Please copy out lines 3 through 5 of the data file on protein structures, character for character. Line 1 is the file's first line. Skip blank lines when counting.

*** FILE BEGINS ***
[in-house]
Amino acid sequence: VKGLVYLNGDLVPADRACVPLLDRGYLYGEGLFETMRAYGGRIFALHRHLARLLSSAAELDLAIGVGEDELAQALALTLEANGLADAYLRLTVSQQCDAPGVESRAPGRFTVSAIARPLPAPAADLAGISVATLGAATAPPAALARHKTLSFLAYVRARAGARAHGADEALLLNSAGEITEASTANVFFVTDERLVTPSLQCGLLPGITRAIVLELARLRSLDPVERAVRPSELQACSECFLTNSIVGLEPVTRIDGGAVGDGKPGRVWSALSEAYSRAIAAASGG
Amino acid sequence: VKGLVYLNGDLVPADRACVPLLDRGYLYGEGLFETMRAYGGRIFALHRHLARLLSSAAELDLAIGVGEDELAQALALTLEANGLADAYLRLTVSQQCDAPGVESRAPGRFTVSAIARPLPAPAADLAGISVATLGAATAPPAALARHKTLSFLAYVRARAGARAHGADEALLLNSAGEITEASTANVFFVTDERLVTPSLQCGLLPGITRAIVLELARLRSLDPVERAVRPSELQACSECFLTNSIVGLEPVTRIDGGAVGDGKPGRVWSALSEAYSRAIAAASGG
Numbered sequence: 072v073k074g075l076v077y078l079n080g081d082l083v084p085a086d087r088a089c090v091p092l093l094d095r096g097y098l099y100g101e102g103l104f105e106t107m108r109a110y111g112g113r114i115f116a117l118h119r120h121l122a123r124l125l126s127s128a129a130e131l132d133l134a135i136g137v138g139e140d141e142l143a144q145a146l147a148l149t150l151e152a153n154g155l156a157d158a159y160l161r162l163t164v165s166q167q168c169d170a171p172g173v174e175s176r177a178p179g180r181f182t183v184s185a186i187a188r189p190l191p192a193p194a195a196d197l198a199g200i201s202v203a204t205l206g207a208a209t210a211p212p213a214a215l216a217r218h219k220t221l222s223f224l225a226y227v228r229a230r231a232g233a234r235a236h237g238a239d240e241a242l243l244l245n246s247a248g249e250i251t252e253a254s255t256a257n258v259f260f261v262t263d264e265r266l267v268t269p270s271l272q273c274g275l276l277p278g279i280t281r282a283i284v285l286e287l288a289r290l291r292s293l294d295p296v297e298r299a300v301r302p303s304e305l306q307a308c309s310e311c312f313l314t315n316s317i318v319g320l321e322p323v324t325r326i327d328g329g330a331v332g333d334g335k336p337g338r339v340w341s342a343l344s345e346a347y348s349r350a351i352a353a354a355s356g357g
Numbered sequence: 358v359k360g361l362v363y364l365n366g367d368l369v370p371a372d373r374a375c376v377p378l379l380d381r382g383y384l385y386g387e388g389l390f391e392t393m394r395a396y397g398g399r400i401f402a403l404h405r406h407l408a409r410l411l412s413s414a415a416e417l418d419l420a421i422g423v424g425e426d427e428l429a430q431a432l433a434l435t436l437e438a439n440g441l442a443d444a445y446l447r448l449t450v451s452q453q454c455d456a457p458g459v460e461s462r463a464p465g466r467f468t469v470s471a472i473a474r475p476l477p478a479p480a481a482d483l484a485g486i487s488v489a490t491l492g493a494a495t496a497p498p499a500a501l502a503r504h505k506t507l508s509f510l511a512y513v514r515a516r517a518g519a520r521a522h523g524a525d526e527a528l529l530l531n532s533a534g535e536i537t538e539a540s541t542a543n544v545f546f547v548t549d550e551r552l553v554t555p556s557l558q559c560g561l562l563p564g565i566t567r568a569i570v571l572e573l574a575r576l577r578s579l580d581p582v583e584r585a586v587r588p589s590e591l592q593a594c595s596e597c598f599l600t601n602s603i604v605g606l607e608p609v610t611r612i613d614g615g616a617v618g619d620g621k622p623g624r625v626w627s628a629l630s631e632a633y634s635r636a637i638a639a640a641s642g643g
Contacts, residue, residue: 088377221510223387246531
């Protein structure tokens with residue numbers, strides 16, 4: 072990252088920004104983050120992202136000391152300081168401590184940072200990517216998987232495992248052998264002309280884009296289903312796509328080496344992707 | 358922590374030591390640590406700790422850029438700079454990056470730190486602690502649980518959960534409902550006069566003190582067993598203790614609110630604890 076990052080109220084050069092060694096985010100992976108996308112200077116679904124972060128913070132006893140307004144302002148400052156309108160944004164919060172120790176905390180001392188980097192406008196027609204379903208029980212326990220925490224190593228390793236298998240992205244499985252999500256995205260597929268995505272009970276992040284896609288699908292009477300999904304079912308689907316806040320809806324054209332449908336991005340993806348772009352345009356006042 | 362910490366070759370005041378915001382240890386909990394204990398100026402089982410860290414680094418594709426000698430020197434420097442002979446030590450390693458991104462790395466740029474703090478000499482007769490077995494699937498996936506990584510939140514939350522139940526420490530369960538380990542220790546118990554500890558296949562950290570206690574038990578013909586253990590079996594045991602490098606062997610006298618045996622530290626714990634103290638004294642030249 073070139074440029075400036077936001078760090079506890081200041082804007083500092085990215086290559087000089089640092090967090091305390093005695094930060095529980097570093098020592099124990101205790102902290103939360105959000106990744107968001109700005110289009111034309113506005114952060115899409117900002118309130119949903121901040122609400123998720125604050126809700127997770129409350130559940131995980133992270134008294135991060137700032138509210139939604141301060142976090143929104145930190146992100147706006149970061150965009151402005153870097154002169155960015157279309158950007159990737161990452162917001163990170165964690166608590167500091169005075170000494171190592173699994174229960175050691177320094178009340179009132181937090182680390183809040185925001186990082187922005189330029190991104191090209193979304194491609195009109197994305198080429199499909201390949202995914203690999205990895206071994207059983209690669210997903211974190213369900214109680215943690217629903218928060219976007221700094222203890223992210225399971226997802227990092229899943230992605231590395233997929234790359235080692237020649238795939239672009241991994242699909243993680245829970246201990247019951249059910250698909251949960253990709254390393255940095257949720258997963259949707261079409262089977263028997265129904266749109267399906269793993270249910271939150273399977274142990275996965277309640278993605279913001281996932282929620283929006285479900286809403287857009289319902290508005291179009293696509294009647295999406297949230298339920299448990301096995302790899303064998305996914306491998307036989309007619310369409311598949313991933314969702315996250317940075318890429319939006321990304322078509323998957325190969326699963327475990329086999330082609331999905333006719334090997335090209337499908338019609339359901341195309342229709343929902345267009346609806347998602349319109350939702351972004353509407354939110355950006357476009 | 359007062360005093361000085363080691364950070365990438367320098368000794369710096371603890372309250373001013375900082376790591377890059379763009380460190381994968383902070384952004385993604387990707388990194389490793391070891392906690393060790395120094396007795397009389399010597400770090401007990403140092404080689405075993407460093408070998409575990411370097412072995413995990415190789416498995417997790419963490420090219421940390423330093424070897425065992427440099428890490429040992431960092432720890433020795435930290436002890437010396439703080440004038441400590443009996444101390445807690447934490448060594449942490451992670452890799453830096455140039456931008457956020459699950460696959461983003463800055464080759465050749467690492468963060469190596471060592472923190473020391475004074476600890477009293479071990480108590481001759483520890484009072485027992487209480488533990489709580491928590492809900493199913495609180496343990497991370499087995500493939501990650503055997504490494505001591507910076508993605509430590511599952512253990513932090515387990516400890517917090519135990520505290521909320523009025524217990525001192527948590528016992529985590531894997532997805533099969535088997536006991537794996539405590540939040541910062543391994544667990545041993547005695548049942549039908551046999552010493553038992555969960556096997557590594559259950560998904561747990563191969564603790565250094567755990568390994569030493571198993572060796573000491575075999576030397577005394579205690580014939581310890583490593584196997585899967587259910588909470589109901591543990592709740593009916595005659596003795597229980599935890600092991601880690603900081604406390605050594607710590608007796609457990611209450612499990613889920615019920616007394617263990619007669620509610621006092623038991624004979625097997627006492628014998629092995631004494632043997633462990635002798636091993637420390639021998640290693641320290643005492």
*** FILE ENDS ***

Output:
Amino acid sequence: VKGLVYLNGDLVPADRACVPLLDRGYLYGEGLFETMRAYGGRIFALHRHLARLLSSAAELDLAIGVGEDELAQALALTLEANGLADAYLRLTVSQQCDAPGVESRAPGRFTVSAIARPLPAPAADLAGISVATLGAATAPPAALARHKTLSFLAYVRARAGARAHGADEALLLNSAGEITEASTANVFFVTDERLVTPSLQCGLLPGITRAIVLELARLRSLDPVERAVRPSELQACSECFLTNSIVGLEPVTRIDGGAVGDGKPGRVWSALSEAYSRAIAAASGG
Numbered sequence: 072v073k074g075l076v077y078l079n080g081d082l083v084p085a086d087r088a089c090v091p092l093l094d095r096g097y098l099y100g101e102g103l104f105e106t107m108r109a110y111g112g113r114i115f116a117l118h119r120h121l122a123r124l125l126s127s128a129a130e131l132d133l134a135i136g137v138g139e140d141e142l143a144q145a146l147a148l149t150l151e152a153n154g155l156a157d158a159y160l161r162l163t164v165s166q167q168c169d170a171p172g173v174e175s176r177a178p179g180r181f182t183v184s185a186i187a188r189p190l191p192a193p194a195a196d197l198a199g200i201s202v203a204t205l206g207a208a209t210a211p212p213a214a215l216a217r218h219k220t221l222s223f224l225a226y227v228r229a230r231a232g233a234r235a236h237g238a239d240e241a242l243l244l245n246s247a248g249e250i251t252e253a254s255t256a257n258v259f260f261v262t263d264e265r266l267v268t269p270s271l272q273c274g275l276l277p278g279i280t281r282a283i284v285l286e287l288a289r290l291r292s293l294d295p296v297e298r299a300v301r302p303s304e305l306q307a308c309s310e311c312f313l314t315n316s317i318v319g320l321e322p323v324t325r326i327d328g329g330a331v332g333d334g335k336p337g338r339v340w341s342a343l344s345e346a347y348s349r350a351i352a353a354a355s356g357g
Numbered sequence: 358v359k360g361l362v363y364l365n366g367d368l369v370p371a372d373r374a375c376v377p378l379l380d381r382g383y384l385y386g387e388g389l390f391e392t393m394r395a396y397g398g399r400i401f402a403l404h405r406h407l408a409r410l411l412s413s414a415a416e417l418d419l420a421i422g423v424g425e426d427e428l429a430q431a432l433a434l435t436l437e438a439n440g441l442a443d444a445y446l447r448l449t450v451s452q453q454c455d456a457p458g459v460e461s462r463a464p465g466r467f468t469v470s471a472i473a474r475p476l477p478a479p480a481a482d483l484a485g486i487s488v489a490t491l492g493a494a495t496a497p498p499a500a501l502a503r504h505k506t507l508s509f510l511a512y513v514r515a516r517a518g519a520r521a522h523g524a525d526e527a528l529l530l531n532s533a534g535e536i537t538e539a540s541t542a543n544v545f546f547v548t549d550e551r552l553v554t555p556s557l558q559c560g561l562l563p564g565i566t567r568a569i570v571l572e573l574a575r576l577r578s579l580d581p582v583e584r585a586v587r588p589s590e591l592q593a594c595s596e597c598f599l600t601n602s603i604v605g606l607e608p609v610t611r612i613d614g615g616a617v618g619d620g621k622p623g624r625v626w627s628a629l630s631e632a633y634s635r636a637i638a639a640a641s642g643g